June 10, 2010
The Daily Gleaner
The annual national meeting of the Canadian Association for Civilian Oversight of Law Enforcement is being held in Fredericton this week, and among the topics delegates examined is Taser use by police officers.
It's certainly a controversial issue about which there have been vigorous debates in recent years.
We were pleased to see that one of the conference's speakers - Alex Neve, secretary general of Amnesty International Canada - acknowledges that Tasers and similar conductive weapons have a role to play in law enforcement.
However, he rightly points out that Ottawa needs to take the lead and establish clear standards for Taser use.
There's no denying that some police and security officials in North America have employed Tasers in inappropriate ways and unnecessarily given the circumstances of specific situations.
If officers were informed of clear limits on use of the weapons, and if they were trained properly, Tasers would become a more effective and appropriate tool for law-enforcement, Mr. Neve suggested.
We agree, but we feel other limits and stricter guidelines are necessary as well - for those wielding these weapons.
Setting new federal restrictions on Taser use won't prevent some of the more egregious abuses of the technology that we've seen reported in the news over the past few years.
Guidelines, regulations or orders from on high in a police force can do little to curb terrible judgment. And the most serious of instances of Taser abuse are more often than not the result of serious errors in or complete lacks of judgment on the part of the people pulling the triggers.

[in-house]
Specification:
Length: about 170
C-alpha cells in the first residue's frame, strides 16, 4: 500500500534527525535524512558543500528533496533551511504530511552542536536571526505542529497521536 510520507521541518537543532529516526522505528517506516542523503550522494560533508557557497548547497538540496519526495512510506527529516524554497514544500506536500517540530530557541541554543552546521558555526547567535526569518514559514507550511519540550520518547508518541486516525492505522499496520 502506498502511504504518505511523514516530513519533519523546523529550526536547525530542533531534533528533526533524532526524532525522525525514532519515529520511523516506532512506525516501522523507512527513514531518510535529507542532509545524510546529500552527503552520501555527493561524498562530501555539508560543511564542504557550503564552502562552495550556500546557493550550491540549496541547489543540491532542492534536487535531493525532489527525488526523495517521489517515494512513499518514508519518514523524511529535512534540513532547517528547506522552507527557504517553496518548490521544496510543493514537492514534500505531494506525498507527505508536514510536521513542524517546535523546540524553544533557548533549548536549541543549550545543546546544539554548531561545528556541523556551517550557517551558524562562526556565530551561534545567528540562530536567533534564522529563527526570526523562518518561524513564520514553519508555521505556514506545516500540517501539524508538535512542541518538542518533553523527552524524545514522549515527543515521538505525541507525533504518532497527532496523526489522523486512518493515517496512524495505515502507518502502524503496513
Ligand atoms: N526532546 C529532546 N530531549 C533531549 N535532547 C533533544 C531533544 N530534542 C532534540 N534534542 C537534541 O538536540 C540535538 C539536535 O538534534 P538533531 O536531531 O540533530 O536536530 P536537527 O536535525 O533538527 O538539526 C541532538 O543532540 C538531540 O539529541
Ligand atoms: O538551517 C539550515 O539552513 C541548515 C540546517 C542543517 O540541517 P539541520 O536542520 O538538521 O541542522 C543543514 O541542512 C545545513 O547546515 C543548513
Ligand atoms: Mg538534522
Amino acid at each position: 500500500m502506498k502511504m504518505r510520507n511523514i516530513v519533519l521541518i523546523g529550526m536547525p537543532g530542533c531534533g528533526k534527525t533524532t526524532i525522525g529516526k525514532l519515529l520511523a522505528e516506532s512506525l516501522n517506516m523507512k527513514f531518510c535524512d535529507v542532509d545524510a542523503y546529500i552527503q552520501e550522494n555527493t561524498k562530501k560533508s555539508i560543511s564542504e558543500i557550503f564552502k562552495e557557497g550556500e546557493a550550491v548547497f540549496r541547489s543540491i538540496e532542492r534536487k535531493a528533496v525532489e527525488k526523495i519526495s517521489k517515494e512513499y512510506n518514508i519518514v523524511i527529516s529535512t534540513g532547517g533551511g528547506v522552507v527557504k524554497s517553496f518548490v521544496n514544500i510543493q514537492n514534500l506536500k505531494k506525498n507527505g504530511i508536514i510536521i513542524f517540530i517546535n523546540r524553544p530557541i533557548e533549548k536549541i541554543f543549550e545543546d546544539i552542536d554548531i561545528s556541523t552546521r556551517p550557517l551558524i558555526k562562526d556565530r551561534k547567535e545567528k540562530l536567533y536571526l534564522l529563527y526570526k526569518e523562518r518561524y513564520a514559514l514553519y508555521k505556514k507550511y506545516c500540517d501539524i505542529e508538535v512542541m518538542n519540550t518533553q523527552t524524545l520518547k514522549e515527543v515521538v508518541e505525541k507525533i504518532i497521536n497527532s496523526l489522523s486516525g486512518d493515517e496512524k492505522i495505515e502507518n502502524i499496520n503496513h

We're not suggesting that a lack of good judgment is a widespread problem among police officers. However, it seems undeniable that a few with less than admirable decision-making abilities have made their way through the screening process.
While training is an important part of responsible and appropriate Taser use, so is evaluation.
The casual way a minority of police officers and security officials approach the use of Tasers and like weapons can stem not only from a lack of education and awareness but from shortcomings in attitudes and empathy.
The men and women entrusted with the protection of the public must also consider the well-being of those who violate the laws and the public peace.
Those responsible for training and hiring peace officers must ensure that appropriate psychological testing is not only in place but is always being updated to reflect changing realities of society and the jobs for which these people are being considered.
How a police cadet would view the use of a firearm, for example, could differ a great deal from his or her attitudes about Taser use.
One commenter on our website summed up the argument succinctly Wednesday.
He wrote, "(Tasers) do have their place in law enforcement ... But, it all comes down to the brain behind the Taser."
Furthermore, we would argue that not only must the screening process and restrictions on Taser use be examined and improved, so must the repercussions for instances of Taser misuse be strengthened.
With greater deterrents to misuse should come more responsibility.
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